What is Autosomal Dominant Optic Atrophy?
Autosomal dominant optic atrophy (ADOA) is a rare genetic disease that causes progressive and irreversible vision loss in both eyes starting in the first decade of life. Approximately 80% of patients experience symptoms before age 10, typically beginning between the ages of 4 and 6.1,4
Although it is a rare disease, ADOA is the most common inherited optic nerve disorder seen in clinical practice.
ADOA was first described by two British ophthalmologists, Frederick Batten and Simeon Snell, at the end of the 19th century. It was later named Kjer’s optic neuropathy, after Danish ophthalmologist Poul Kjer, who studied 19 families with the disease in the 1950s.3
Symptoms and Effects
What are the symptoms and effects?
Characteristic features of ADOA include central field defects and reduced color vision.1 The severity of the disease can vary greatly – even within families – with visual acuity and rate of vision loss being difficult to predict.1,2,5,6 Many children progress to blindness.1,2,3 About half of people with dominant optic atrophy do not meet driving standards and up to 46% are registered as legally blind.1
Approximately 20% of patients have a more severe form called ADOA “plus” syndrome. In addition to vision loss, these patients experience significant non-visual effects such as permanent hearing loss or other more severe conditions affecting the body’s nervous system and skeletal muscles.5
Cause and Diagnosis
What is the Cause?
Approximately 65-90% of dominant optic atrophy cases are caused by a mutation of the OPA1 gene.6 More than 400 different OPA1 mutations have been reported in people diagnosed with dominant optic atrophy.7
Most mutations in the OPA1 gene result in a severe decrease – up to 50% – of the normal amount of OPA1 protein. This is known as a haploinsufficiency because there is only one functional copy of the gene and is the leading cause of ADOA.5,6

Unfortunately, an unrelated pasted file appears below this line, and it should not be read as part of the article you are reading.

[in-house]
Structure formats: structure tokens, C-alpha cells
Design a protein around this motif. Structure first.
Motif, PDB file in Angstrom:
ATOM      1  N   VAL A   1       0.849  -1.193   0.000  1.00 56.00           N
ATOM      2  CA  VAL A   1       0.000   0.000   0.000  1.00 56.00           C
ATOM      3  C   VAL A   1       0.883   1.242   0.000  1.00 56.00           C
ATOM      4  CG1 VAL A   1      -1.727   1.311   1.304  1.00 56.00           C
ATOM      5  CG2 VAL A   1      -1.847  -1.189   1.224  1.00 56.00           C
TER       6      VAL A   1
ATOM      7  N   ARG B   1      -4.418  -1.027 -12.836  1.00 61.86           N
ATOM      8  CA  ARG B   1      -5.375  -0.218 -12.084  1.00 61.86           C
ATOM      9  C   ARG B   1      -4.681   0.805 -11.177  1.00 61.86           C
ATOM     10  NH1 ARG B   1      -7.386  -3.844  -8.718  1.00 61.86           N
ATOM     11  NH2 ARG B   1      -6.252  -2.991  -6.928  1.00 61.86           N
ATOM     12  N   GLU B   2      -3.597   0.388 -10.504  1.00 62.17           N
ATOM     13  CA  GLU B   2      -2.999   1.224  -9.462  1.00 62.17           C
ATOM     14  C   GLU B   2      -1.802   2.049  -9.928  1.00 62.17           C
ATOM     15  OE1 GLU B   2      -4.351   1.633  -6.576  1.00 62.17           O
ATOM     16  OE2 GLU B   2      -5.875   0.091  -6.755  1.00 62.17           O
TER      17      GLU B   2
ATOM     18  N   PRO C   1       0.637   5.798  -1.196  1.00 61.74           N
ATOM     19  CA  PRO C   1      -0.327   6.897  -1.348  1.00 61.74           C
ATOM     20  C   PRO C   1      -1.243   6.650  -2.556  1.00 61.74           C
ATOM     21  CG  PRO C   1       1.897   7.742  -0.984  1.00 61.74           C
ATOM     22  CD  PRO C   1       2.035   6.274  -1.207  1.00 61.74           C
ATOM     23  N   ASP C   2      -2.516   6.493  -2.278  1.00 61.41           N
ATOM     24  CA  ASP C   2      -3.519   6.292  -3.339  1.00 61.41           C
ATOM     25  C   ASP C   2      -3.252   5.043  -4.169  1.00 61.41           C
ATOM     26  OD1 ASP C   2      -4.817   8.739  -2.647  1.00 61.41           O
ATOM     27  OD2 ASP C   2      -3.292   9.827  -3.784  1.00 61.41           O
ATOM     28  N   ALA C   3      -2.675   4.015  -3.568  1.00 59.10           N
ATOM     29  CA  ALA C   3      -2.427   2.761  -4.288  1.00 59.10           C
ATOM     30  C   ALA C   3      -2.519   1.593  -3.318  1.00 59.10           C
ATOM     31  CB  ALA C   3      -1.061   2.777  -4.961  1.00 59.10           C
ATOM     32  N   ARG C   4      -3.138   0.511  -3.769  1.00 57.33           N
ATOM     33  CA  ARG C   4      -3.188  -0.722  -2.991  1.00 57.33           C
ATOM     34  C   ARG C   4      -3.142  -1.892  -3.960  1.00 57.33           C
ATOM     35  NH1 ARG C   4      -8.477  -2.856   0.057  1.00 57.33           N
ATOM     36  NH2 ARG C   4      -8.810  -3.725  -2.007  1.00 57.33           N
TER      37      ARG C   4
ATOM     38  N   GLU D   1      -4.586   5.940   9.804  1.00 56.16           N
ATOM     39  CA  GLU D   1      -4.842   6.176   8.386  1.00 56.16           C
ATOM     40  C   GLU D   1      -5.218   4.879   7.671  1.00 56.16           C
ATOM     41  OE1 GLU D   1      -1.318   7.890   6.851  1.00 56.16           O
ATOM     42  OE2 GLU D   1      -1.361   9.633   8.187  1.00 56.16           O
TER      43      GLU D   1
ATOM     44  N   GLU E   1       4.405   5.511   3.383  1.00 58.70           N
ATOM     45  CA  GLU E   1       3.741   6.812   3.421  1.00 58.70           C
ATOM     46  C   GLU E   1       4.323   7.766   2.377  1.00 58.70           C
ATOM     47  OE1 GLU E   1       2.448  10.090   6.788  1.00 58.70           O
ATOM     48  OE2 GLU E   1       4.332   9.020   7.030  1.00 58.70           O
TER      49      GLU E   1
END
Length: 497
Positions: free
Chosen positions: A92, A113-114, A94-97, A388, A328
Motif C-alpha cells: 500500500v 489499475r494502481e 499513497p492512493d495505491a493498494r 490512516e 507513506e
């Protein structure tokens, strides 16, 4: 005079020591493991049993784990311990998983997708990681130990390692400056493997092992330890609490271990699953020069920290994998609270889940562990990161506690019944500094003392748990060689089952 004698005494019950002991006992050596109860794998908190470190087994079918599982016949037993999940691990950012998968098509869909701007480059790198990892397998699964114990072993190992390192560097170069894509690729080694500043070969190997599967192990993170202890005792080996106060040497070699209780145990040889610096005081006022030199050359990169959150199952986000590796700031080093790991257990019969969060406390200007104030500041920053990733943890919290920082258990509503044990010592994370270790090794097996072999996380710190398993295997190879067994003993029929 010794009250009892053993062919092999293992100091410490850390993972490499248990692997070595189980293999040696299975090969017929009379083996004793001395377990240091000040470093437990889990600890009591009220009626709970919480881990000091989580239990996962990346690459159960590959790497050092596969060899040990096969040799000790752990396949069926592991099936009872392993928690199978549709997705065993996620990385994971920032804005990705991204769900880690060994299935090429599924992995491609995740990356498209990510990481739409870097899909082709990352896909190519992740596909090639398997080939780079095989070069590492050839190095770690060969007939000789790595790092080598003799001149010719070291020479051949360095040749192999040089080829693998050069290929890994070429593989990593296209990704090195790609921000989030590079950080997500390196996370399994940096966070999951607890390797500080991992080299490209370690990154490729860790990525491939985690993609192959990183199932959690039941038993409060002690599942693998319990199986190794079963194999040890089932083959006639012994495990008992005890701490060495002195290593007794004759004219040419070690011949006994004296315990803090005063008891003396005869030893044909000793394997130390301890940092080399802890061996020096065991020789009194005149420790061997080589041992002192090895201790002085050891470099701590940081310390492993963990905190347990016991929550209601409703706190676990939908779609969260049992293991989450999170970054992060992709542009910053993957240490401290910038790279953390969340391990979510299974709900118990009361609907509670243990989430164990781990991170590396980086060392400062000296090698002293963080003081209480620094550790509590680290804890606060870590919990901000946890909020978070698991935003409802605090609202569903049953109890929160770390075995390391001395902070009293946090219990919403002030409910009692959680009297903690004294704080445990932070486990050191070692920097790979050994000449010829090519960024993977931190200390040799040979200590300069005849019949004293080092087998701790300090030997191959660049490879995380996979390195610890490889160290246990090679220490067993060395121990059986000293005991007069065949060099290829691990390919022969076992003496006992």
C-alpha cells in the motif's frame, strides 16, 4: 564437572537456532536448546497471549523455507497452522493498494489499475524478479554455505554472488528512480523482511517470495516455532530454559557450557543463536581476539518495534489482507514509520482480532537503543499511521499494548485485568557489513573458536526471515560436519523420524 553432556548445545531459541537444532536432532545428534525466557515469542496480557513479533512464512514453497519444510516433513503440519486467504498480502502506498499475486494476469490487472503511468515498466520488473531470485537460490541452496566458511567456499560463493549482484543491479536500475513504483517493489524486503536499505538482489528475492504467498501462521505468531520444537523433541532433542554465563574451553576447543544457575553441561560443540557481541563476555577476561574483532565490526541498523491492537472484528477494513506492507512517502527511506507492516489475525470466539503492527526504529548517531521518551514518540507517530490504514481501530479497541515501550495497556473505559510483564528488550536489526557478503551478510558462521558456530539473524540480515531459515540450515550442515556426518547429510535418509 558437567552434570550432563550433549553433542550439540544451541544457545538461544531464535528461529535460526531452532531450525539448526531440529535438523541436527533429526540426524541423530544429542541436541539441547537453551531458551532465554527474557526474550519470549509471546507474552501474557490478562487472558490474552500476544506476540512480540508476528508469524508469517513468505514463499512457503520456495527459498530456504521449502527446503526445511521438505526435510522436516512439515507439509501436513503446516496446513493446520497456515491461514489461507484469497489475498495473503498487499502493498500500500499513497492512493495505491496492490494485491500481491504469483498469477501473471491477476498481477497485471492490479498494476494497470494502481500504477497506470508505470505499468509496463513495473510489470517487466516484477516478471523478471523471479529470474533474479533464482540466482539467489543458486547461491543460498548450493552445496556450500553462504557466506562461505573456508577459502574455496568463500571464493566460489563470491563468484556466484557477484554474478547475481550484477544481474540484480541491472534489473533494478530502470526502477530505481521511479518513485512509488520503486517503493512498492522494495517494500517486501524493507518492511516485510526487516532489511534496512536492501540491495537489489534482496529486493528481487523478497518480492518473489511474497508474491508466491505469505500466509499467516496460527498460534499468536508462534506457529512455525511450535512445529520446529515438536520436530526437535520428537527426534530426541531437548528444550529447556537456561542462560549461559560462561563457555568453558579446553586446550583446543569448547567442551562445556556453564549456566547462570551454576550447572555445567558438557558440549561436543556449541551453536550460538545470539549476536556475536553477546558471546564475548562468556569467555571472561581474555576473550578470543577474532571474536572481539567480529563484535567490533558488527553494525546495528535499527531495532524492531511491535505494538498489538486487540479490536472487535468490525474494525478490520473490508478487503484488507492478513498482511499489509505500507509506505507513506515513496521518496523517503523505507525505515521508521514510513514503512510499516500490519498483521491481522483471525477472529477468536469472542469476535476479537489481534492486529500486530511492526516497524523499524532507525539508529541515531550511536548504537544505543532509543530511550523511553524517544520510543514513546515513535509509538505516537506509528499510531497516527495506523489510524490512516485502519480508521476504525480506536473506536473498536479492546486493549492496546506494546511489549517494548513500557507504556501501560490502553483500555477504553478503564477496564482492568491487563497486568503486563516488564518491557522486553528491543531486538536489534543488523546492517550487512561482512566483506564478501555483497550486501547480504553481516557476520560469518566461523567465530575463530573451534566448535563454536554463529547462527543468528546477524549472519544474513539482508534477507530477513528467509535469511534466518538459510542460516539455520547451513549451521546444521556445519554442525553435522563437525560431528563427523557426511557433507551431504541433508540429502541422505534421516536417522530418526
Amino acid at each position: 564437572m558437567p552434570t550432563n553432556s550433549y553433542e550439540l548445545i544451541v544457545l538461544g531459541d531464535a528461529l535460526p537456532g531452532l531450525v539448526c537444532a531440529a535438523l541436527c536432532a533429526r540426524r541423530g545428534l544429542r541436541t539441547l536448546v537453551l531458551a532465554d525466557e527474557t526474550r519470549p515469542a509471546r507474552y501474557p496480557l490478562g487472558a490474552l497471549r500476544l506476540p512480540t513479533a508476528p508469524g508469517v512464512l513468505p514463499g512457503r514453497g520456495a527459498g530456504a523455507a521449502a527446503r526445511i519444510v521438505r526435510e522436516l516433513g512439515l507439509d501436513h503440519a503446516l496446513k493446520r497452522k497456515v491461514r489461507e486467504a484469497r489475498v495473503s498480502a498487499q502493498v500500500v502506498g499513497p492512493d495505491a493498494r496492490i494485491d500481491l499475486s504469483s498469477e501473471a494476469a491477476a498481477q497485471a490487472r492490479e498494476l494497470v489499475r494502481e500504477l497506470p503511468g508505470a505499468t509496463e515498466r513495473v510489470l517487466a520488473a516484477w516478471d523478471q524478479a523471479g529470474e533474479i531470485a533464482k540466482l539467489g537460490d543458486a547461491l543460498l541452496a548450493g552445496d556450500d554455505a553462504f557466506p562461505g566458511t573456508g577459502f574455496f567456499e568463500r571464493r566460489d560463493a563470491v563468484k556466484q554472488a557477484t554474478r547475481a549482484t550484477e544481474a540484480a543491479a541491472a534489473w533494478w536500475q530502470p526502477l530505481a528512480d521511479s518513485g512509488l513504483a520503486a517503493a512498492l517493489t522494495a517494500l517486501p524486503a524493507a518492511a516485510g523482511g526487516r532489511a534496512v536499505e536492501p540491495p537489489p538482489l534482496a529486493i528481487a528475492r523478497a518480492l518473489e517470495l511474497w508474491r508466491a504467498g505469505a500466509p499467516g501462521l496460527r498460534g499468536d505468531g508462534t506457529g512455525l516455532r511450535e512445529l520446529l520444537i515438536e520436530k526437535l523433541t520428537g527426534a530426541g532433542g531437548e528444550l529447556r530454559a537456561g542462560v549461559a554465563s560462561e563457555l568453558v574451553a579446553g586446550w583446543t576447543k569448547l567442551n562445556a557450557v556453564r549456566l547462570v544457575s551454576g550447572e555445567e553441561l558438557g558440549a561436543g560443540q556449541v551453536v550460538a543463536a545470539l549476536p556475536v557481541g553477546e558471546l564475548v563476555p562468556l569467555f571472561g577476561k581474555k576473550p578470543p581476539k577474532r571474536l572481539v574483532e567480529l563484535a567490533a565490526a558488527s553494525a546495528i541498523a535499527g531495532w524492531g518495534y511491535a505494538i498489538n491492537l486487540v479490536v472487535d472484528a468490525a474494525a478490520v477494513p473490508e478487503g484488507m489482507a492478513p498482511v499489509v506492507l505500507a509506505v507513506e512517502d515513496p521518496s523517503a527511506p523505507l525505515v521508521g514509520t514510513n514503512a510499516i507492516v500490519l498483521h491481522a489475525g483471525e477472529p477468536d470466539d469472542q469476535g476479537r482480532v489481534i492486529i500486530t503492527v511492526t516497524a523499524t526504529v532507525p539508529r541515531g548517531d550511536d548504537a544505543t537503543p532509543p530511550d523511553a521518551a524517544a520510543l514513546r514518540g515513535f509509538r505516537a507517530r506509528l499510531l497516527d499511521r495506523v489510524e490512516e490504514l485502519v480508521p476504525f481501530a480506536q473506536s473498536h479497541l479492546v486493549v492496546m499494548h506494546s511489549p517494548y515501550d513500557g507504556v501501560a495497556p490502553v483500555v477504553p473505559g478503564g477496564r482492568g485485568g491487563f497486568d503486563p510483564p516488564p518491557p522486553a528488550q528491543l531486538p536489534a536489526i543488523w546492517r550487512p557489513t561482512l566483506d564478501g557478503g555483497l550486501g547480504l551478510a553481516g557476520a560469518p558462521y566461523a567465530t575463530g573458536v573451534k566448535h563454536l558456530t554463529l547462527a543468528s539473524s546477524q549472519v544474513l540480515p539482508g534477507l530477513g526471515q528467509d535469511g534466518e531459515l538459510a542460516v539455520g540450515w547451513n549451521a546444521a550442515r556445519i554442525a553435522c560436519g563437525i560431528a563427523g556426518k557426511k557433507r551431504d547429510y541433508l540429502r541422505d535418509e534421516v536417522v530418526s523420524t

When a person with a mutation of the OPA1 gene has children, each child has a 50% chance of inheriting the mutation, and it affects males and females equally. The mutation can occur spontaneously (de novo).1,3
How is ADOA Diagnosed?
Most patients are diagnosed when entering school or only incidentally during the examination of other affected members of the family.3 Diagnosis is usually made by an ophthalmologist based on a combination of family history and clinical findings, such as the presence of optic disc pallor, an abnormal coloration of the optic disc. Genetic testing is typically performed to confirm diagnosis.
- Yu-Wai-Man P et al. The Prevalence and Natural History of Dominant Optic Atrophy Due to OPA1 Mutations. Ophthalmology. 2010 August; 117(8): 1538-1546.
- Yu-Wai-Man P, Chinnery PF. Dominant Optic Atrophy: Novel OPA1 Mutations and Revised Prevalence Estimates. Ophthalmology.Vol. 120, Number 8, August 2013: 1712-1712.
- P. Amati-Bonneau P et al. OPA1-associated disorders: phenotypes and pathophysiology. The International Journal of Biochemistry & Cell Biology 41, 1855-1865 (2009).
- “What is ADOA?” Autosomal Dominant Optic Atrophy Association. Accessed May 6, 2020, from https://www.adoaa.org/what-is-adoa.
- Lenaers G, Hamel C, Delettre C, et al. Dominant optic atrophy. Orphanet J Rare Dis 7, 46 (2012).
- Chun BY and Rizzo JF III. Dominant optic atrophy: updates on the pathophysiology and clinical manifestations of optic atrophy 1 mutation. Curr Opin Ophthalmol 2016; 27:475-480.
- Le Roux B, Lenaers G, Zanlonghi X et al. OPA1: 516 unique variants and 831 patients registered in an updated centralized Variome database. Orphanet J Rare Dis 14, 214 (2019).
Autosomal Dominant Optic Atrophy (ADOA): A Severe, Progressive Optic Nerve Disorder
Sources: Yu-Wai-Man P et al. Ophthalmology, 2010; Yu-Wai-Man P, Chinnery PF. Ophthalmology, 2013; P. Amati-Bonneau P et al. The International Journal of Biochemistry & Cell Biology, 2009; Lenaers G, Hamel C, Delettre C, et al. Orphanet J Rare Dis, 2012; Chun BY and Rizzo JF III. Curr Opin Ophthalmol, 2016; Le Roux B, Lenaers G, Zanlonghi X et al. Orphanet J Rare Dis, 2019; “What is ADOA?” Autosomal Dominant Optic Atrophy Association. Accessed May 6, 2020, from adoaa.org/what-is-adoa;